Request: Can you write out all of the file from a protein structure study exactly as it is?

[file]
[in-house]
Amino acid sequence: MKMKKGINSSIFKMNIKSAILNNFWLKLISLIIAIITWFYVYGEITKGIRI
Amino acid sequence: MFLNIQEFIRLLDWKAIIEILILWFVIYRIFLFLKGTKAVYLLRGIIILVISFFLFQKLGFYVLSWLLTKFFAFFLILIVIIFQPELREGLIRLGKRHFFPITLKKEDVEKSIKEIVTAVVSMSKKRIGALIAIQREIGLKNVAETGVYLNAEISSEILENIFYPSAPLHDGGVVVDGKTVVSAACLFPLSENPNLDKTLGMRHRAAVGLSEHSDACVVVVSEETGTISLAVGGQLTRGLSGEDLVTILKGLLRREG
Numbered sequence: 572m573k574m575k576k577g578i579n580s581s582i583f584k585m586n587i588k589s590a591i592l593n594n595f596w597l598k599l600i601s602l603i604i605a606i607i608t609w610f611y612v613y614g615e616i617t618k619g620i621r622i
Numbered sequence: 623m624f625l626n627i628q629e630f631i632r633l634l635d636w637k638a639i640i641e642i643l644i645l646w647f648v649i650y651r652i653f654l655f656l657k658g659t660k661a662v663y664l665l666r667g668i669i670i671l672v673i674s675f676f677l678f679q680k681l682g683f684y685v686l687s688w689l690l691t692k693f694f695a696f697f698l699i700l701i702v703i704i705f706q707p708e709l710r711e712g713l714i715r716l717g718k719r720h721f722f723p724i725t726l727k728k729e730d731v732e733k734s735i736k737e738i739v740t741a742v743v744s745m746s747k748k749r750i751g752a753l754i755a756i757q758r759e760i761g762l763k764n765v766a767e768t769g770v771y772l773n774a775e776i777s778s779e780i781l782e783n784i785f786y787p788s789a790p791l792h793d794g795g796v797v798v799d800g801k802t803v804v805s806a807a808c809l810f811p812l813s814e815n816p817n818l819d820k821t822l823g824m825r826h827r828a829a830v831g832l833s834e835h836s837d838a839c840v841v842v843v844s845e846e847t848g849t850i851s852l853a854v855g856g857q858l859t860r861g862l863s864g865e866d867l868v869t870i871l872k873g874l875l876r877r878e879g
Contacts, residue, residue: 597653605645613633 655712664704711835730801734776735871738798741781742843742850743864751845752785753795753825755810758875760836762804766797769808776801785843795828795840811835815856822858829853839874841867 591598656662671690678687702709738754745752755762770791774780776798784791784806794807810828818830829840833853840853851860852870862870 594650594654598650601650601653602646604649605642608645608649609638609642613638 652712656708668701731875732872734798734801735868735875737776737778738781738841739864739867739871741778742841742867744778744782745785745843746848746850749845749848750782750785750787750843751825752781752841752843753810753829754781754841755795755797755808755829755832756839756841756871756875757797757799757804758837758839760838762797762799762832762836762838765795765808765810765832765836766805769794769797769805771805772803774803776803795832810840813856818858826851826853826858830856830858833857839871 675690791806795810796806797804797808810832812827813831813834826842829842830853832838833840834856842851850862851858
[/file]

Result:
[in-house]
Amino acid sequence: MKMKKGINSSIFKMNIKSAILNNFWLKLISLIIAIITWFYVYGEITKGIRI
Amino acid sequence: MFLNIQEFIRLLDWKAIIEILILWFVIYRIFLFLKGTKAVYLLRGIIILVISFFLFQKLGFYVLSWLLTKFFAFFLILIVIIFQPELREGLIRLGKRHFFPITLKKEDVEKSIKEIVTAVVSMSKKRIGALIAIQREIGLKNVAETGVYLNAEISSEILENIFYPSAPLHDGGVVVDGKTVVSAACLFPLSENPNLDKTLGMRHRAAVGLSEHSDACVVVVSEETGTISLAVGGQLTRGLSGEDLVTILKGLLRREG
Numbered sequence: 572m573k574m575k576k577g578i579n580s581s582i583f584k585m586n587i588k589s590a591i592l593n594n595f596w597l598k599l600i601s602l603i604i605a606i607i608t609w610f611y612v613y614g615e616i617t618k619g620i621r622i
Numbered sequence: 623m624f625l626n627i628q629e630f631i632r633l634l635d636w637k638a639i640i641e642i643l644i645l646w647f648v649i650y651r652i653f654l655f656l657k658g659t660k661a662v663y664l665l666r667g668i669i670i671l672v673i674s675f676f677l678f679q680k681l682g683f684y685v686l687s688w689l690l691t692k693f694f695a696f697f698l699i700l701i702v703i704i705f706q707p708e709l710r711e712g713l714i715r716l717g718k719r720h721f722f723p724i725t726l727k728k729e730d731v732e733k734s735i736k737e738i739v740t741a742v743v744s745m746s747k748k749r750i751g752a753l754i755a756i757q758r759e760i761g762l763k764n765v766a767e768t769g770v771y772l773n774a775e776i777s778s779e780i781l782e783n784i785f786y787p788s789a790p791l792h793d794g795g796v797v798v799d800g801k802t803v804v805s806a807a808c809l810f811p812l813s814e815n816p817n818l819d820k821t822l823g824m825r826h827r828a829a830v831g832l833s834e835h836s837d838a839c840v841v842v843v844s845e846e847t848g849t850i851s852l853a854v855g856g857q858l859t860r861g862l863s864g865e866d867l868v869t870i871l872k873g874l875l876r877r878e879g
Contacts, residue, residue: 597653605645613633 655712664704711835730801734776735871738798741781742843742850743864751845752785753795753825755810758875760836762804766797769808776801785843795828795840811835815856822858829853839874841867 591598656662671690678687702709738754745752755762770791774780776798784791784806794807810828818830829840833853840853851860852870862870 594650594654598650601650601653602646604649605642608645608649609638609642613638 652712656708668701731875732872734798734801735868735875737776737778738781738841739864739867739871741778742841742867744778744782745785745843746848746850749845749848750782750785750787750843751825752781752841752843753810753829754781754841755795755797755808755829755832756839756841756871756875757797757799757804758837758839760838762797762799762832762836762838765795765808765810765832765836766805769794769797769805771805772803774803776803795832810840813856818858826851826853826858830856830858833857839871 675690791806795810796806797804797808810832812827813831813834826842829842830853832838833840834856842851850862851858